In five months our five years in the United States will be over. My husband started to apply for jobs in the Netherlands, my girls started their last semester at school, and I started to contact moving companies and plan my first goodbye parties.
Chronicles asked me to look back on my experience in Washington DC, and I immediately agreed. That’s not in the least because of the warm welcome IMFFA gave me. And boy, I needed that. I fully agreed with my husband, Menno, when we decided to go on this adventure (he accepted a position as the Dutch ED on the IMF Board), but in practice the first few months proved to be harder than expected. I have always been a working mom, if not defined by my career then at least by my ability to have it all. All of a sudden I was at home, taking care of my two kids, who didn’t speak any English other than yes, no, hello, and squirrel (don’t ask why) and had their own problems adjusting. Menno represents 15 countries on the Board and when we moved to DC I didn’t quite realize that he would often be on “mission” in one of those countries. After a year he also accepted the role of EURIMF, which added visits to Brussels and Frankfurt to that schedule.
IMFFA really helped me fill the void.
I took full advantage of all that was offered: picnic, craft classes, museum trips, yoga classes, and of course sessions with the IMF Career Advisor, Sheila McKenna, who helped me start my career in the US. I also began to volunteer with the the Welcoming Committee, the Health and Wellbeing Group, and I organized fun activities for IMFFA kids (preteens), and helped set up the 2012 Teen Summer Program.
I found a job.
After that summer I stopped going to IMFFA for a while. Sheila’s sessions payed off and I found a job organizing lectures on American politics and American society for a group of fellows at the House of Representatives. I loved that job. It showed me parts of this society that I am sure would otherwise have stayed hidden for me. What impressed me most were my visits to the coalition of the homeless, where we spoke with people who had been homeless for several years, and our talks with Free Minds, a book club for juvenile delinquents tried as adults. I also loved being around this group of idealistic young students ready to change the world. The program “Lantos Humanity in Action congressional Fellowship” still runs, and I highly recommend it.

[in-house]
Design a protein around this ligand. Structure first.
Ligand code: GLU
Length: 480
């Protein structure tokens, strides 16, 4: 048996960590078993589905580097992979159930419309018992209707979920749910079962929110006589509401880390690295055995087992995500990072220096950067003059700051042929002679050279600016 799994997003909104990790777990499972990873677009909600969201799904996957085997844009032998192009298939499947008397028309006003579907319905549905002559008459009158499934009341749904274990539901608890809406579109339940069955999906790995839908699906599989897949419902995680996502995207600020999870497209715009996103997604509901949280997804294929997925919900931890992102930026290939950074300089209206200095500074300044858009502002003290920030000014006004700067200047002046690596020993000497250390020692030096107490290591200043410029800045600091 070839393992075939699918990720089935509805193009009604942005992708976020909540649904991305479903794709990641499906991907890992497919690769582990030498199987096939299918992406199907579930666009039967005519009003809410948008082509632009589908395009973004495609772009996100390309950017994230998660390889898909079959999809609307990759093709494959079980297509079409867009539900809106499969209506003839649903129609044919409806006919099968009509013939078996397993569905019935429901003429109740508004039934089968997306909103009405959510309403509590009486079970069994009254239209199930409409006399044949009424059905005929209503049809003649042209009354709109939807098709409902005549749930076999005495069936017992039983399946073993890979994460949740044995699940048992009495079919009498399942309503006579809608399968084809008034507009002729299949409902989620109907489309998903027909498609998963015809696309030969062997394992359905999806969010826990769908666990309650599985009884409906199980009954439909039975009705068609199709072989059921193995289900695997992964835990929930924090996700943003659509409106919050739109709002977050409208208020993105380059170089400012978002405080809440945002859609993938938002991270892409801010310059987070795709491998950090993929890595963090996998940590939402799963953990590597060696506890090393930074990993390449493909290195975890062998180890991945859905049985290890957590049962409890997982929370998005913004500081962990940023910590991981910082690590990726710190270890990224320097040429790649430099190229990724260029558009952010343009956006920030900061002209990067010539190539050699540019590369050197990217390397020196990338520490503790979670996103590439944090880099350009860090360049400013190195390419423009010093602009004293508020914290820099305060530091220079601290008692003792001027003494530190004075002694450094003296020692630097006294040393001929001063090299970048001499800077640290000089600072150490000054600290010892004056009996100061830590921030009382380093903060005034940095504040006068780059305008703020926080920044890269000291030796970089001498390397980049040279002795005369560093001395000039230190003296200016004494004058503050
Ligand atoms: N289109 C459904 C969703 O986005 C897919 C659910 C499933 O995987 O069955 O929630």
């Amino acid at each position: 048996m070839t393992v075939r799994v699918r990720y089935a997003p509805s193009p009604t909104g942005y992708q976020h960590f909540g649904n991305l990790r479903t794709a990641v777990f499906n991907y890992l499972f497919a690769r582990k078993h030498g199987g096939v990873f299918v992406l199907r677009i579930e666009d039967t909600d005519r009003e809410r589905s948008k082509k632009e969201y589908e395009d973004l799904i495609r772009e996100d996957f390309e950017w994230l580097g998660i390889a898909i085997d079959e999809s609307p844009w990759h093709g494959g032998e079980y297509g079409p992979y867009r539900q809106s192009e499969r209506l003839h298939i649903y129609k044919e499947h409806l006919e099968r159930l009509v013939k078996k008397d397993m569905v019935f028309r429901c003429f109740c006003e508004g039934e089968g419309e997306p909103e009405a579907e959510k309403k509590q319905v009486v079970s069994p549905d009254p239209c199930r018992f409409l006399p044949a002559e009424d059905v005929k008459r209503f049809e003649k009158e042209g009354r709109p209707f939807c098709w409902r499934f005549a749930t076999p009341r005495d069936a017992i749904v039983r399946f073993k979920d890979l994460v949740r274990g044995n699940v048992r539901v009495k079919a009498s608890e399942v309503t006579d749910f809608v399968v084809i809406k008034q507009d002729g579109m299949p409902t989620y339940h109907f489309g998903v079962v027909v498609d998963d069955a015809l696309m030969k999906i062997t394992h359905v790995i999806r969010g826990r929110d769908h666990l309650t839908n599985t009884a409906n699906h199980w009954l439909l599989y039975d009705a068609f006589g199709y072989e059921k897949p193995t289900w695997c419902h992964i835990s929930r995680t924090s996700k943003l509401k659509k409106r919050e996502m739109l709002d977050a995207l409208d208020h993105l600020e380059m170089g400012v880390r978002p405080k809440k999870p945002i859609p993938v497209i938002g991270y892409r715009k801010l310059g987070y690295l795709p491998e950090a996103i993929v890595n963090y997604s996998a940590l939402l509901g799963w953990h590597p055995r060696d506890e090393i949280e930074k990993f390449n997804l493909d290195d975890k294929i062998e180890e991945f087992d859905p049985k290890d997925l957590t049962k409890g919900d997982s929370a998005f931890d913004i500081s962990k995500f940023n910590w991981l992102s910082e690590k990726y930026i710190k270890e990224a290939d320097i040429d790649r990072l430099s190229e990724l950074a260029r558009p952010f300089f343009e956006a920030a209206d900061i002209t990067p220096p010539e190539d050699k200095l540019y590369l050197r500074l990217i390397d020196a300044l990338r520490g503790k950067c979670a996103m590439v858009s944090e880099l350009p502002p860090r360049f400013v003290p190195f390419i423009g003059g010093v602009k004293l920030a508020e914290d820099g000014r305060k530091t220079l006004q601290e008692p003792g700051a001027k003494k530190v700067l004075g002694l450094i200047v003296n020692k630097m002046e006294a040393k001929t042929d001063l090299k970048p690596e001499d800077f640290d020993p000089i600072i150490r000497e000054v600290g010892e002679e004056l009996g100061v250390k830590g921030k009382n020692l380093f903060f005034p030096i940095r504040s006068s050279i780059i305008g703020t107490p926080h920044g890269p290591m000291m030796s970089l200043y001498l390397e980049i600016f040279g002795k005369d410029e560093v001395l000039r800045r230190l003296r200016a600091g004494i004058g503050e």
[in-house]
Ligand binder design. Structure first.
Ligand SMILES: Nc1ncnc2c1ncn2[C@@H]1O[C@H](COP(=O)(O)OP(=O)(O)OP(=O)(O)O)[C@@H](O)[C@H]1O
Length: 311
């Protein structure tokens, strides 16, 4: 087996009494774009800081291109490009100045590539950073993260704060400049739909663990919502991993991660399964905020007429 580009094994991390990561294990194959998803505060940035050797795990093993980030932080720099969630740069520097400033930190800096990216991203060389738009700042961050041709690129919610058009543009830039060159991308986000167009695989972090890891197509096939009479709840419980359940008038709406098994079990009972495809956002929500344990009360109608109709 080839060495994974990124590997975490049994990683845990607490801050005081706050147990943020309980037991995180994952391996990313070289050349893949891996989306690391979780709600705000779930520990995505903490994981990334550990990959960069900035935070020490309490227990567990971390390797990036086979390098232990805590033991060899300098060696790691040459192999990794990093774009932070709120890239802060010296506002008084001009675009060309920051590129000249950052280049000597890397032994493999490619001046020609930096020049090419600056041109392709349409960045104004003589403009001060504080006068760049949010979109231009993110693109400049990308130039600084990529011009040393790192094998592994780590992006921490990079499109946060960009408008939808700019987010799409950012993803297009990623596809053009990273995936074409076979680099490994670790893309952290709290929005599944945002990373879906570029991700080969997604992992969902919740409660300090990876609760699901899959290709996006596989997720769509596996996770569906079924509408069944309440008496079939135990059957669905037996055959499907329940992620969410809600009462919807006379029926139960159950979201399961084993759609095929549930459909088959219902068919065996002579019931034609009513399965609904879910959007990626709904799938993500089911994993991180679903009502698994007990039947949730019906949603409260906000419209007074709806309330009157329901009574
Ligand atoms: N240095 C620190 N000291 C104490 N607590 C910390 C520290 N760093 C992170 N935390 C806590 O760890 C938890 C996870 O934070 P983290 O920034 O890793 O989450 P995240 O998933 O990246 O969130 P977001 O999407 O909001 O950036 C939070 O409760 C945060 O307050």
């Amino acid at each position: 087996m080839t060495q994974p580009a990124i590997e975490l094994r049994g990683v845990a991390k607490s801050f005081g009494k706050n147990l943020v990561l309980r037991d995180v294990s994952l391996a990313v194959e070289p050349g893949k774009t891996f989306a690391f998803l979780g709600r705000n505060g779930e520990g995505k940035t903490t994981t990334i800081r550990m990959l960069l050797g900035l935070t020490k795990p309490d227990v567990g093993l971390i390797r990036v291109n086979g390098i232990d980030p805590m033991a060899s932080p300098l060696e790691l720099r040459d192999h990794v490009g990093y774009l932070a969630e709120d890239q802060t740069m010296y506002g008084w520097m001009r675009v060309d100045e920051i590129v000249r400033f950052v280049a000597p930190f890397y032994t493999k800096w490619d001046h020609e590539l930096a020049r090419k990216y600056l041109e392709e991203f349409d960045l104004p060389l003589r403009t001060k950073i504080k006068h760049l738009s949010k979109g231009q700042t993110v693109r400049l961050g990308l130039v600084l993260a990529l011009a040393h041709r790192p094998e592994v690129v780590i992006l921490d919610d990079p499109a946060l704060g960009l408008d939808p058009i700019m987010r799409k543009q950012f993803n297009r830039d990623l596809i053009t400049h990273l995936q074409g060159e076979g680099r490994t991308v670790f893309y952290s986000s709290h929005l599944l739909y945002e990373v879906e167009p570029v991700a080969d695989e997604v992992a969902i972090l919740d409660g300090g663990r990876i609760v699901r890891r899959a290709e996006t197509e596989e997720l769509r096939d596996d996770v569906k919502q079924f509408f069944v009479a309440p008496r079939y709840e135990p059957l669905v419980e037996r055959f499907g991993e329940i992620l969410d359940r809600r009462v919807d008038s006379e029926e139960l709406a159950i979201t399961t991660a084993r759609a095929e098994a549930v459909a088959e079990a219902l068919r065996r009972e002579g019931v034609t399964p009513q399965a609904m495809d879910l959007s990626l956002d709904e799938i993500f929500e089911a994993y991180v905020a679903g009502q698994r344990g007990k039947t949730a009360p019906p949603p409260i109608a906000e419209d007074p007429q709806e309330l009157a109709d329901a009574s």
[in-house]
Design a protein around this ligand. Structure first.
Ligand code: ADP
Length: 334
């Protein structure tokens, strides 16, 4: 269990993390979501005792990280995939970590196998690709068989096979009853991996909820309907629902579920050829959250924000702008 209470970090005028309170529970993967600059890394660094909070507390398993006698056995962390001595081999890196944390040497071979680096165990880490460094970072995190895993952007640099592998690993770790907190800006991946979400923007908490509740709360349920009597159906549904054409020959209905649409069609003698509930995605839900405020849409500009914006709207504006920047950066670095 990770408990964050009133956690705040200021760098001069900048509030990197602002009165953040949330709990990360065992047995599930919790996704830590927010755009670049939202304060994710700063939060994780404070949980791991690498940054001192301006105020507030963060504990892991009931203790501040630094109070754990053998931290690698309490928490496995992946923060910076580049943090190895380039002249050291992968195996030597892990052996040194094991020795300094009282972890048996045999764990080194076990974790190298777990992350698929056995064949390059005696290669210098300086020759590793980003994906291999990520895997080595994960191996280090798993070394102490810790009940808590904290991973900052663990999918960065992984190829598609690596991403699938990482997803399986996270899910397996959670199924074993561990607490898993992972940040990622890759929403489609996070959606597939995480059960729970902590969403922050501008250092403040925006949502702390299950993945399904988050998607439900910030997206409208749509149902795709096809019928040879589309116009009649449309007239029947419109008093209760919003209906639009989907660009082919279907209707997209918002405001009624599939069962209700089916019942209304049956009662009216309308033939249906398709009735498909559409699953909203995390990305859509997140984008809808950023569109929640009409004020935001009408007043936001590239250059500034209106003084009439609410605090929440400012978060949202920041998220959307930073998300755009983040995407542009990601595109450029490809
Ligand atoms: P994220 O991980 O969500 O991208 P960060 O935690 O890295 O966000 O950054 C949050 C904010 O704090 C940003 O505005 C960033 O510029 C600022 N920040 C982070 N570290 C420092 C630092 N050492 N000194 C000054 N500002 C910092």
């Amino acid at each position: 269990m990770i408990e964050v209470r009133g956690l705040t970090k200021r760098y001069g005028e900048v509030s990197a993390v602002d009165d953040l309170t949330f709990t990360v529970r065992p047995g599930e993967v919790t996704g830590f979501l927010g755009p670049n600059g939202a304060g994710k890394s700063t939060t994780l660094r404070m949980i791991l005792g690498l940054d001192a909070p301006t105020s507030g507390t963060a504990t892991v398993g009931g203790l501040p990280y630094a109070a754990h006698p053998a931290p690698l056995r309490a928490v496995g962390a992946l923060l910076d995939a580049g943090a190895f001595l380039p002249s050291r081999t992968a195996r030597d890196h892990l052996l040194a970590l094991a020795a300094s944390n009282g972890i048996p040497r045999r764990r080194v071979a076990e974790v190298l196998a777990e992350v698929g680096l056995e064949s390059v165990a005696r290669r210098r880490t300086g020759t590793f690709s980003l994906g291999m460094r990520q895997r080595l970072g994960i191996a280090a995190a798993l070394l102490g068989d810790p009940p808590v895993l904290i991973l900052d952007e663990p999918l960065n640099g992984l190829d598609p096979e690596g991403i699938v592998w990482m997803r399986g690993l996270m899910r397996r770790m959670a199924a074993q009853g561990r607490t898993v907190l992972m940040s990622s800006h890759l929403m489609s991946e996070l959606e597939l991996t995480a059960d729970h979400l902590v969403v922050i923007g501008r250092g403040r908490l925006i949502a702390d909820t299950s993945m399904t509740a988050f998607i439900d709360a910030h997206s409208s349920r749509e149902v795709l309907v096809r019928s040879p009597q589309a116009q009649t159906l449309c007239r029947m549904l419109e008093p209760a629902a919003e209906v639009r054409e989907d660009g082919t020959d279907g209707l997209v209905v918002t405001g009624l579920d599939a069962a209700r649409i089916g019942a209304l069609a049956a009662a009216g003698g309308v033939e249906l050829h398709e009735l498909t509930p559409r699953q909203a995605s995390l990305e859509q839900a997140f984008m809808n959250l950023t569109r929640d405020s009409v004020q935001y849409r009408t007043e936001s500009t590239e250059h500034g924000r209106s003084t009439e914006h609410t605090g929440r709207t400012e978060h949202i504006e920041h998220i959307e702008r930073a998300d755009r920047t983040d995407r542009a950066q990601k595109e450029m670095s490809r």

By then our family had slowly adjusted to our new life and we started to really enjoy living here.
We tried to travel as much as possible in this spectacularly beautiful country. When we leave in July we will have traveled to or through 32 states, ranging from Alaska to Hawaii, and to Puerto Rico, Costa Rica and Mexico. Additionally we very much enjoyed being part of US society here in the DC area. We decided to enroll our kids in a public school and I think that helped us much to understand and enjoy American life. I actively volunteered at school and was amazed at the professional attitude towards parties and events. Among other things I organized an international night, an event with no less than 140 volunteers, and it almost felt like a job on the side. Furthermore the school steered me into places unknown. It had a planetarium completely run and taught by parent volunteers. Not only did that introduce me to the joy of teaching a group of excited 10-year olds, I now will never look the same way at the night sky again!
Our whole family loved the typical American holidays.
We had “friendsgivings” with a huge turkey and pumpkin pie. But the holiday we love most is Halloween. In our neighborhood a parade of over a hundred dressed-up kids walks past the houses to one of the Cul de Sacs, where the official “Go” is given. The kids run in a complete frenzy from each haunted house to the next. One family has even set up a continuing saga. The first year they had a dragon in the yard, with gleaming red eyes and smoke coming out of its nostrils. The next year the dragon protected a big nest of eggs, and this year three baby dragons accompanied their mother in the front yard. So sad we will never know what will happen next year!
Of course it was not all fun and games.
In my second year my father had a serious heart attack that landed him in a coma. Menno was visiting one of his constituency countries, so I could not leave my daughters with him. At moments like that it is very hard to be so many miles away. I was lucky enough to have friends who immediately offered to take care of my girls while Menno was rushing to get back. Many of our friends here are expats like us and have been in similar situations. I was so grateful for them enabling me to go back home and stay with my mom at the hospital. In the end my dad recovered completely and last year they even visited us here again.
Funny enough in my last year I returned to IMFFA. Preparing for my return I enrolled in Sarah and Libby’s leadership workshops and currently I am assisting Suzette in setting up a mentoring program for Third Culture Kids. All in all we really had an awesome experience in DC and we will all cherish it for the rest of our lives. IMFFA has been a big part of it, especially in the difficult transitional years at the beginning and the end. Therefore I conclude these thoughts with a heartfelt THANK YOU.